Spirits having flown

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Karachi has once again paid the price for the impulsiveness of one man’s loose tongue, which was matched in its ugly avatar only by another man’s egomania. At least 17 people were sacrificed and forty vehicles torched just to establish who was the bigger bully in town. As if residents of the ex-city of lights know not.
But did Dr Zulfiqar Mirza really have a no-holds-barred licence to shrill — the track record apparently, suggests so — or is there a method to the adventure with an eye on 2013?
Whatever the truth, it hasn’t served Brand Zardari well — at least in the short term — and, if not for Chaudhry Shujaat’s mission impossible, who knows what graver turn it might have taken. Mirza’s second caving in only a few months apart will not do any wonders to lift the PPP’s image.
All that the diatribe has achieved is to reinforce the power of the MQM to hold the city to ransom. It was so well scripted that the PPP was left with no choice but to ask its firebrand to eat his words — not just for peace per se but retaining power in the long term. Let’s hope Mirza will realise that there is no joy in being made an instrument of reverse psychology.
Conventional wisdom suggests one can comprehend a man’s character better when he is in a position of power. In Mirza’s place, you are supposed to be wedded to responsibility in all your actions.
There is now the small matter of coming to terms with the undeniable fact that his loose tongue eventually contributed to the killing of innocent people and loss/damage of property worth Rs2 billion.
Any thinking, caring citizen’s heart would bleed at the wanton loss of lives — it is not just individual lives lost here but families entwined to their existence in terms of succor and more. It makes you wonder if Mirza can live down the inherently flawed idea of brinkmanship. How could he not have envisaged the fallout of his macho-speak given MQM’s history?
The general perception is that he does it on cue from the Presidency as the favoured weapon of offence. Be that as it may, Mirza must now rethink the reprehensible idea of a hunting hound that literally kills, not just belong to a feudalist sport.
The belated zipping, at the president’s behest, fooled few, if at all. Agreed that the PPP co-chair showed fine acting skills in essaying the impish childhood of ‘Chocolate Hero’ Waheed Murad in the 1969 flick Saalgira, and has since even confounded the likes of Javed Hashmi with his craft, but the direction/production in Mirza’s “summoning” at the presidential darbar beggars belief.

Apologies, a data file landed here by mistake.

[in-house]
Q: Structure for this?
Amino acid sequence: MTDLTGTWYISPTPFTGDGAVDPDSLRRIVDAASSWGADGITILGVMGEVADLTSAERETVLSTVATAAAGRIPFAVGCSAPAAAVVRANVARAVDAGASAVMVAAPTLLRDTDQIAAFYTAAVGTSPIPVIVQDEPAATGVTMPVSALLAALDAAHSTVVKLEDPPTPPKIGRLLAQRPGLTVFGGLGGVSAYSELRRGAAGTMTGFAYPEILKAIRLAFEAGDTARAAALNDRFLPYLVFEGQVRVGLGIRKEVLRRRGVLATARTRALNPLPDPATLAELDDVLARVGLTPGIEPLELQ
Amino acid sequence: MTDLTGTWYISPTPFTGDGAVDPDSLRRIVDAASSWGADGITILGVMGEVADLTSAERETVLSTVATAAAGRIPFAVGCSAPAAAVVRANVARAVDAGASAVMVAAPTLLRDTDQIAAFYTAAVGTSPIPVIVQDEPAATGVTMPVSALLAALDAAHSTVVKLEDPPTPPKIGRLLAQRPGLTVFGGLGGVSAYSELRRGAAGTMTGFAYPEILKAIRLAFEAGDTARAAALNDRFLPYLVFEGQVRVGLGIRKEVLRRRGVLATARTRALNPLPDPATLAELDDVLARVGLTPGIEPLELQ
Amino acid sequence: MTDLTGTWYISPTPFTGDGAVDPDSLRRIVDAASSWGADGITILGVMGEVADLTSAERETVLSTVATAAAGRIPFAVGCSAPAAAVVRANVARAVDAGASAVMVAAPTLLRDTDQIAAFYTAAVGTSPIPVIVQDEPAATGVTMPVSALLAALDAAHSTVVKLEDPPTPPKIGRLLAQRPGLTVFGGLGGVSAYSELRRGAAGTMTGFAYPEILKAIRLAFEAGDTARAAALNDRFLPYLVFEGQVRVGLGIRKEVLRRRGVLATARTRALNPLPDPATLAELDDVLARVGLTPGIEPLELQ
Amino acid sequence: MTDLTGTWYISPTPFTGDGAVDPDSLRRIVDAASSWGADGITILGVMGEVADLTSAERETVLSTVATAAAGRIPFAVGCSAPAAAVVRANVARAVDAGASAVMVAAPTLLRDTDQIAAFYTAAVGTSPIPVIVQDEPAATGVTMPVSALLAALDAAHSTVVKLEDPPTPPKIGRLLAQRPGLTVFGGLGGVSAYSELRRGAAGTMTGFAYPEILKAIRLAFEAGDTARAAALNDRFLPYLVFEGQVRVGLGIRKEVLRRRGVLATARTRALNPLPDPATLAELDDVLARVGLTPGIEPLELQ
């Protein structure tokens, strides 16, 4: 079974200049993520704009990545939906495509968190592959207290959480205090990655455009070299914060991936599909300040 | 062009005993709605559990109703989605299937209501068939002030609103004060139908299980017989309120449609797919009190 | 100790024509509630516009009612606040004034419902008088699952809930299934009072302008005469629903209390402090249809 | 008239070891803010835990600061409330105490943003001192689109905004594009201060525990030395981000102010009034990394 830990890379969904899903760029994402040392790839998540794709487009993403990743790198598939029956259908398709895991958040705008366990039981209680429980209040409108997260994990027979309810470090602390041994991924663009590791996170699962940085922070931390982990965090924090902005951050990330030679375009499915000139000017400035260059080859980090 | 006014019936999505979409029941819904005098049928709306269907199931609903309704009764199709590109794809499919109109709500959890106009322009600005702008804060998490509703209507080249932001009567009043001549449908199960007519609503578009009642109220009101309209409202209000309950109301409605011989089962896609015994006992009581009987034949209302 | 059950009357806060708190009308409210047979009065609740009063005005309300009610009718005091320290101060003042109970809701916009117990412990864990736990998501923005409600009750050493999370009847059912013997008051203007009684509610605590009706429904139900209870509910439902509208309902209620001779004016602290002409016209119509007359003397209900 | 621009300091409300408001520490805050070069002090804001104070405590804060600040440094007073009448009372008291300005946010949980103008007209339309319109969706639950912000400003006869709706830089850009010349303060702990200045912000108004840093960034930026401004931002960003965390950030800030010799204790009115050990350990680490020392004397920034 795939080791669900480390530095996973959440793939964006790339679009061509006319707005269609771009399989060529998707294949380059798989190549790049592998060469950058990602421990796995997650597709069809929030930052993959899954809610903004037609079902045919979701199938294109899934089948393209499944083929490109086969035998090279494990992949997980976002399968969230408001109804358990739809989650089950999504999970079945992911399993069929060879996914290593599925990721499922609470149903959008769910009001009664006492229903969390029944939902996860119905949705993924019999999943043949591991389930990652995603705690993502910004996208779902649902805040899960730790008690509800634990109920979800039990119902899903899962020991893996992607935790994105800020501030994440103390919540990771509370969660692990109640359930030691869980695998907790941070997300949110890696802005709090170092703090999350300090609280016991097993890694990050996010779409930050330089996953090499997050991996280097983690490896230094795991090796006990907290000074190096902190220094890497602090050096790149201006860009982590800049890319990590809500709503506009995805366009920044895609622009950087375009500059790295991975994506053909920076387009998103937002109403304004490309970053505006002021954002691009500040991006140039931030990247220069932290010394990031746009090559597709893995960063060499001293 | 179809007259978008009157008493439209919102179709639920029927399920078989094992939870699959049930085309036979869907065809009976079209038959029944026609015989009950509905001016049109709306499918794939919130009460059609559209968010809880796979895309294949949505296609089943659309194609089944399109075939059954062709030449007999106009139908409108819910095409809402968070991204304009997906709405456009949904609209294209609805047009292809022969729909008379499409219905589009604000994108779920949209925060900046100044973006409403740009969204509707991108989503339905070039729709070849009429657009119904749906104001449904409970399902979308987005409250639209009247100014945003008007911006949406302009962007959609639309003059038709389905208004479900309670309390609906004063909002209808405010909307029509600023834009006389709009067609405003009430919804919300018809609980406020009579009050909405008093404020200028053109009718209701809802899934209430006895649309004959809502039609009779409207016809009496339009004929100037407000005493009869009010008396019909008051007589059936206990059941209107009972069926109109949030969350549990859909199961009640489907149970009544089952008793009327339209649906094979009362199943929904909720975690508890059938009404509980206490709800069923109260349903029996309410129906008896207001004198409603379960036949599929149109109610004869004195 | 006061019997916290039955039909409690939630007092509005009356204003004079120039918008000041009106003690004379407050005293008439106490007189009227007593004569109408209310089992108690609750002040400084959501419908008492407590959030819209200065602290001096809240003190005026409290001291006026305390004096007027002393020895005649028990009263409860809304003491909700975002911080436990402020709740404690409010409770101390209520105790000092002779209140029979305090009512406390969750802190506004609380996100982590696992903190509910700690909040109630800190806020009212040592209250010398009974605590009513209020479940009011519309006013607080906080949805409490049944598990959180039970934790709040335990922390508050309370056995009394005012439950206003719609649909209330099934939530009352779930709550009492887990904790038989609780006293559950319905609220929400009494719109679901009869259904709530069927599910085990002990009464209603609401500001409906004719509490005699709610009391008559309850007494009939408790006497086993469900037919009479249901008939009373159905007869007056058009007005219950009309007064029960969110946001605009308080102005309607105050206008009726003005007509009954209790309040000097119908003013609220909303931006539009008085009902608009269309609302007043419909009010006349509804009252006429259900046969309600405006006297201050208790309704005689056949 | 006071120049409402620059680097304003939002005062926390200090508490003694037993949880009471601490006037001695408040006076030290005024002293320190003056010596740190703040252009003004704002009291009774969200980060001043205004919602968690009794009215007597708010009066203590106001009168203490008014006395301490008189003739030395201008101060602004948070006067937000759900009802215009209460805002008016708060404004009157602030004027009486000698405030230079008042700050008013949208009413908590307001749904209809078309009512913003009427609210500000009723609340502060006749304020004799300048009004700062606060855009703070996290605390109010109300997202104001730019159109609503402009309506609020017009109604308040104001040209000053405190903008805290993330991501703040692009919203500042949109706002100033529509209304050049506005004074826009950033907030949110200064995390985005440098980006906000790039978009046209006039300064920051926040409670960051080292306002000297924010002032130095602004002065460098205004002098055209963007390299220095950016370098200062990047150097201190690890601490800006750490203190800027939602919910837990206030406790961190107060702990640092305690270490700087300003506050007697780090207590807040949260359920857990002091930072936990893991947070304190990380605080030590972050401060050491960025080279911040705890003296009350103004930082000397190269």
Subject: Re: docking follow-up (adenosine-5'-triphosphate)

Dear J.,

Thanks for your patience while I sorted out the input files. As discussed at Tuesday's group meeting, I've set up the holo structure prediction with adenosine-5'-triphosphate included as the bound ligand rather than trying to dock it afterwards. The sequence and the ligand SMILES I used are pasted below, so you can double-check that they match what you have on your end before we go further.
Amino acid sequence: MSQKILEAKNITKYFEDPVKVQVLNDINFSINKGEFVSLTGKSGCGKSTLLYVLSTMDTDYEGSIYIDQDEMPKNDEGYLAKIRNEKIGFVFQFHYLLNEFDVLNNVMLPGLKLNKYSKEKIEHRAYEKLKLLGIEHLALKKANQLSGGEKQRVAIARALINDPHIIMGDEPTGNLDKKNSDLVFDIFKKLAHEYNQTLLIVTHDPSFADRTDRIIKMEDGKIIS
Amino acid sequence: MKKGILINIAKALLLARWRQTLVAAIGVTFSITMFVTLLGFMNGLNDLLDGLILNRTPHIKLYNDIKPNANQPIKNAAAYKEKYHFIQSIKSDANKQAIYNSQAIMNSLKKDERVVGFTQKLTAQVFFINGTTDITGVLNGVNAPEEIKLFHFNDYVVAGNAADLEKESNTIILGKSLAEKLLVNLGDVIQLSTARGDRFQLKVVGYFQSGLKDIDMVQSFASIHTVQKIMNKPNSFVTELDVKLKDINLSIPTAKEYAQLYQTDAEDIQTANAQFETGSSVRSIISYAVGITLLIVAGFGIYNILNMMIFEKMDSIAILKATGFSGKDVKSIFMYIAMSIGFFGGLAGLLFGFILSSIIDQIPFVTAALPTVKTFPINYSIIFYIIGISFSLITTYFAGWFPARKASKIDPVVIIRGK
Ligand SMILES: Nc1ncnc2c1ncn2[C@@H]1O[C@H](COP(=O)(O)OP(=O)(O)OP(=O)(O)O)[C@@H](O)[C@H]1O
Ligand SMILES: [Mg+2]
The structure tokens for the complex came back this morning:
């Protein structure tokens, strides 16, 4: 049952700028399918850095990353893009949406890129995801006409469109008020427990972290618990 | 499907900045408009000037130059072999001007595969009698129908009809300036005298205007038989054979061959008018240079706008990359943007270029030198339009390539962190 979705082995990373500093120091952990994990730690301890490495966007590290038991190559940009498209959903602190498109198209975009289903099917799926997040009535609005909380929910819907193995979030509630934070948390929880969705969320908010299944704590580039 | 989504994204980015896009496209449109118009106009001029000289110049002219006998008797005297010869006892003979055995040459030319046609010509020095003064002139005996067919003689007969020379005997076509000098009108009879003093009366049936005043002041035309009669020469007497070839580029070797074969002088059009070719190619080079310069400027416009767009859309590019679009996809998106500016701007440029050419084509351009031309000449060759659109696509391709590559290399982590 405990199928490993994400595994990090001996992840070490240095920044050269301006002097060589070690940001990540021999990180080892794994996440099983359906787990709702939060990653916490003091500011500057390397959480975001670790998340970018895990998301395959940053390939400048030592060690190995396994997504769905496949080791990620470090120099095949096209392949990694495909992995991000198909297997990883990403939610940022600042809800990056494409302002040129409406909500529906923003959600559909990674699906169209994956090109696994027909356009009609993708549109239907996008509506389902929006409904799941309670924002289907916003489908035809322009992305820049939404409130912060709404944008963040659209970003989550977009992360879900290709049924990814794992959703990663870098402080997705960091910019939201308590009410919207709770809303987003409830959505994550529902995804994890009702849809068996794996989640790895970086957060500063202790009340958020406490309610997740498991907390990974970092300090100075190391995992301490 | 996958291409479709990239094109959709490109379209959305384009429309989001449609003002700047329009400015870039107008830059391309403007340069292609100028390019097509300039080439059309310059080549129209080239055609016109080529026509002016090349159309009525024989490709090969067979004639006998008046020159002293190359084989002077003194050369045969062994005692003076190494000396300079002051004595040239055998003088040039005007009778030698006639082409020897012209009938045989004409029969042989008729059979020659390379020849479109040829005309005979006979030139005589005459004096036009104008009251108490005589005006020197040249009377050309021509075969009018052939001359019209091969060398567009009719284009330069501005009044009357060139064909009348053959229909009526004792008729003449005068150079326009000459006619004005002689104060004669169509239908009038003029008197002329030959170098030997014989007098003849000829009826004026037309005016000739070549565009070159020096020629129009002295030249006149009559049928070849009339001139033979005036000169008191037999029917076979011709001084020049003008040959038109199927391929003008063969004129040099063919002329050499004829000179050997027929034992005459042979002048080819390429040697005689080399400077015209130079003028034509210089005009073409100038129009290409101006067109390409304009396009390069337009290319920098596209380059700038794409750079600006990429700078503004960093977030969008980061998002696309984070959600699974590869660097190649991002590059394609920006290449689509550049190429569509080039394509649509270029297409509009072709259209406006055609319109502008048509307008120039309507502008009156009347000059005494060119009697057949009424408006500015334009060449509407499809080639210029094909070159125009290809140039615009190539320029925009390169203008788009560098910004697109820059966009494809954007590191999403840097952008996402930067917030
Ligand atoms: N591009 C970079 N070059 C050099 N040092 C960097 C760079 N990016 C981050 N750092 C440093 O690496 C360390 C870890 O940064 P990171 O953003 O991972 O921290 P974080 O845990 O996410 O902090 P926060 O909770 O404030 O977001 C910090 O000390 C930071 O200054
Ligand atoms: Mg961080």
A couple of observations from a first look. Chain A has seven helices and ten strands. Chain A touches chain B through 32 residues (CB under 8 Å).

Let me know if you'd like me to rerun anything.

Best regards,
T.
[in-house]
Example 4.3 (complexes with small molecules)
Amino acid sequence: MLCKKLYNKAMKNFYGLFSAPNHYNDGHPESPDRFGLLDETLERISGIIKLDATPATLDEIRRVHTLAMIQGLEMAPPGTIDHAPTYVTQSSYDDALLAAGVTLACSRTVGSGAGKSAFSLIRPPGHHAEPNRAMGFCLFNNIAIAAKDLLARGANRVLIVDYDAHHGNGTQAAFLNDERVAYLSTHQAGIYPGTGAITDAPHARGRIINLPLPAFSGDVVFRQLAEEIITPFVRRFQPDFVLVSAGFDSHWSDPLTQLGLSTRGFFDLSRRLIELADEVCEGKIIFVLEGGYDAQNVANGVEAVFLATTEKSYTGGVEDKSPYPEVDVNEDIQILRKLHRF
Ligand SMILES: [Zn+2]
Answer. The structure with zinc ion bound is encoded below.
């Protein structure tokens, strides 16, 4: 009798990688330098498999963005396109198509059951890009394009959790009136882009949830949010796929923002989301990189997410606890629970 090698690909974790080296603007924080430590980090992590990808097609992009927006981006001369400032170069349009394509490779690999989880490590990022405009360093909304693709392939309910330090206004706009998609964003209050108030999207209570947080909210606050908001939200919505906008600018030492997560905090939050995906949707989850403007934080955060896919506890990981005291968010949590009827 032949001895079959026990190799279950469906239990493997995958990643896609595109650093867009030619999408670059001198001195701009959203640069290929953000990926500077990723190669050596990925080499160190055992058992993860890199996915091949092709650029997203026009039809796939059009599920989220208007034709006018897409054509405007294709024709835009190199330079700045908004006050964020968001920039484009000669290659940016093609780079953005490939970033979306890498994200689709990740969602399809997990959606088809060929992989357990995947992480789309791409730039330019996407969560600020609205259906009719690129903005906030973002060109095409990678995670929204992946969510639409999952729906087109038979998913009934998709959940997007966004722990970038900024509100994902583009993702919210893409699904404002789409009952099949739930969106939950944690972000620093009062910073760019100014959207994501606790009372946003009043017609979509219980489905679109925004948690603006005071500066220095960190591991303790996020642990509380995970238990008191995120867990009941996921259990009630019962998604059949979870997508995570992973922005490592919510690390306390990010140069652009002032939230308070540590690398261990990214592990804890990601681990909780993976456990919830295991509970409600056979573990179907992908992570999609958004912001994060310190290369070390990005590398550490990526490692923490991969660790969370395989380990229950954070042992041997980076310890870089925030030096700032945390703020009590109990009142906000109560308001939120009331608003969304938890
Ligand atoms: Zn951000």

The takers in this topi drama — a better analogy to describe the façade in local parlance is hard to find — are far and few between. To be sure, the one playing the admonishing principal to the errant pupil in this case has an own case to answer. Only last month, the president was calling his arch political rival names. “Maulvi” Nawaz Sharif was borne out of precisely such fevered pitch.
And while we are left wondering if it is so convenient to go to sleep in the profound knowledge that one man’s vitriol has snuffed out the lives of so many innocents and financially, ruined it for their families, one can’t but question the tactics of the exiled lord in London for his audacious timeout before issuing the calm order.
Altaf Hussain commands the kind of loyalty few in this country could justifiably claim as their calling, apart from Jinnah and Bhutto. All the more reason he should have pandered to those gray cells, not allowed the work of raw nerve to go on display in the city of Pakistan’s Quaid.
Any desire to reinforce the Sarkar Raj-like sway essayed by Amitabh Bachchan in the similarly-named Ram Gopal Verma flick should never have come at the cost of innocent people’s lives and destruction of property.
The Muttahida may have considered it necessary in the cut-throat arena to show their gladiatorial reach but an early word of restraint from Pir Sahib would have not only saved Karachi much strife but also won him greater respect across the aisle.
But perhaps, the instant fear — and resultant leverage — that a body count provides is not matched by Gandhian practice.
Also, amazing is the audacity of taking Mirza to the cleaners but conveniently, overlooking the similarly racist overtones within the Muttahida ranks.
Just as much as the PPP firebrand had no business looking down upon a people he labeled as bhookey nangay (naked and hungry), MQM’s Waseem Akhtar should have minded his when he trashed Punjabis with cutting suggestions about their penchant for mujras (dance by courtesans) ghar ghar mein (in every household) and prostitution.
Oh, how they stoop to conquer!

The writer is a newspaper editor based in Islamabad and can be reached at [email protected]